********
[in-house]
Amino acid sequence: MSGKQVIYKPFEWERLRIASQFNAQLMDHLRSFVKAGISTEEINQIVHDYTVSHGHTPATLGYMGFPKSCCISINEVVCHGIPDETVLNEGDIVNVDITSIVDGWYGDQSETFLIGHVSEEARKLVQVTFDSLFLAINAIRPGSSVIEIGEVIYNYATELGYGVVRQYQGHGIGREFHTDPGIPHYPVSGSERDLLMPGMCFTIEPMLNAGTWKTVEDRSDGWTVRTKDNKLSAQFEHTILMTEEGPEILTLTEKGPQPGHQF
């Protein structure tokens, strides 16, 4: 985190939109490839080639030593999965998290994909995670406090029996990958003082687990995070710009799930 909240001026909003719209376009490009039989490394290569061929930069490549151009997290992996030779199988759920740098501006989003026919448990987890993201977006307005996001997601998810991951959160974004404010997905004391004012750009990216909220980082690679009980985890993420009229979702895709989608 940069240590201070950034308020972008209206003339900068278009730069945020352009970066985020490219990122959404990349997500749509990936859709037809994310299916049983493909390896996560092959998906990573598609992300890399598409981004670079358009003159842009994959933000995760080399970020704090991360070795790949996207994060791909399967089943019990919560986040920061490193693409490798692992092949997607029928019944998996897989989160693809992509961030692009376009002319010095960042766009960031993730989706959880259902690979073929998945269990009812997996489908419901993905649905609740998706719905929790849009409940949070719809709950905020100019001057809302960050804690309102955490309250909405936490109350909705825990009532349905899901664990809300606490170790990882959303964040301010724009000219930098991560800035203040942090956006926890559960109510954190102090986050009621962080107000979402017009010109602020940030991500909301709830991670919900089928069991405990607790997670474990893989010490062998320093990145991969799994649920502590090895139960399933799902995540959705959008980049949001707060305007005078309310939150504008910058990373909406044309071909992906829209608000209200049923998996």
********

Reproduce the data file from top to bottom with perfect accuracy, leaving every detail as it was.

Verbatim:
[in-house]
Amino acid sequence: MSGKQVIYKPFEWERLRIASQFNAQLMDHLRSFVKAGISTEEINQIVHDYTVSHGHTPATLGYMGFPKSCCISINEVVCHGIPDETVLNEGDIVNVDITSIVDGWYGDQSETFLIGHVSEEARKLVQVTFDSLFLAINAIRPGSSVIEIGEVIYNYATELGYGVVRQYQGHGIGREFHTDPGIPHYPVSGSERDLLMPGMCFTIEPMLNAGTWKTVEDRSDGWTVRTKDNKLSAQFEHTILMTEEGPEILTLTEKGPQPGHQF
């Protein structure tokens, strides 16, 4: 985190939109490839080639030593999965998290994909995670406090029996990958003082687990995070710009799930 909240001026909003719209376009490009039989490394290569061929930069490549151009997290992996030779199988759920740098501006989003026919448990987890993201977006307005996001997601998810991951959160974004404010997905004391004012750009990216909220980082690679009980985890993420009229979702895709989608 940069240590201070950034308020972008209206003339900068278009730069945020352009970066985020490219990122959404990349997500749509990936859709037809994310299916049983493909390896996560092959998906990573598609992300890399598409981004670079358009003159842009994959933000995760080399970020704090991360070795790949996207994060791909399967089943019990919560986040920061490193693409490798692992092949997607029928019944998996897989989160693809992509961030692009376009002319010095960042766009960031993730989706959880259902690979073929998945269990009812997996489908419901993905649905609740998706719905929790849009409940949070719809709950905020100019001057809302960050804690309102955490309250909405936490109350909705825990009532349905899901664990809300606490170790990882959303964040301010724009000219930098991560800035203040942090956006926890559960109510954190102090986050009621962080107000979402017009010109602020940030991500909301709830991670919900089928069991405990607790997670474990893989010490062998320093990145991969799994649920502590090895139960399933799902995540959705959008980049949001707060305007005078309310939150504008910058990373909406044309071909992906829209608000209200049923998996």